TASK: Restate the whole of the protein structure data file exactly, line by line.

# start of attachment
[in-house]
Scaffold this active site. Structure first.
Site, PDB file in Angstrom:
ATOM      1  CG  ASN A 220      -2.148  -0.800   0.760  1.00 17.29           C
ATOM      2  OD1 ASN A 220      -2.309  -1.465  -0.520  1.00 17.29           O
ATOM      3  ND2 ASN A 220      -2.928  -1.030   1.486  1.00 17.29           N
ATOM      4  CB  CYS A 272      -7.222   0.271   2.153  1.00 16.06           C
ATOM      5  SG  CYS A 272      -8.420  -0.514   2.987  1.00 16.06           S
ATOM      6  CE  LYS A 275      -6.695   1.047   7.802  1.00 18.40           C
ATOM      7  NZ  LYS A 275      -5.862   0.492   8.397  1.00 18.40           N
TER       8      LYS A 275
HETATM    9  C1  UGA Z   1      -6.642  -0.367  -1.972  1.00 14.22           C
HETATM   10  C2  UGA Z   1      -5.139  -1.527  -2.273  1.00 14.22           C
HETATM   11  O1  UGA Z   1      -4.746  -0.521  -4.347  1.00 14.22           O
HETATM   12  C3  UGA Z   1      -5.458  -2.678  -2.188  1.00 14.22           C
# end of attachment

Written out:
[in-house]
Scaffold this active site. Structure first.
Site, PDB file in Angstrom:
ATOM      1  CG  ASN A 220      -2.148  -0.800   0.760  1.00 17.29           C
ATOM      2  OD1 ASN A 220      -2.309  -1.465  -0.520  1.00 17.29           O
ATOM      3  ND2 ASN A 220      -2.928  -1.030   1.486  1.00 17.29           N
ATOM      4  CB  CYS A 272      -7.222   0.271   2.153  1.00 16.06           C
ATOM      5  SG  CYS A 272      -8.420  -0.514   2.987  1.00 16.06           S
ATOM      6  CE  LYS A 275      -6.695   1.047   7.802  1.00 18.40           C
ATOM      7  NZ  LYS A 275      -5.862   0.492   8.397  1.00 18.40           N
TER       8      LYS A 275
HETATM    9  C1  UGA Z   1      -6.642  -0.367  -1.972  1.00 14.22           C
HETATM   10  C2  UGA Z   1      -5.139  -1.527  -2.273  1.00 14.22           C
HETATM   11  O1  UGA Z   1      -4.746  -0.521  -4.347  1.00 14.22           O
HETATM   12  C3  UGA Z   1      -5.458  -2.678  -2.188  1.00 14.22           C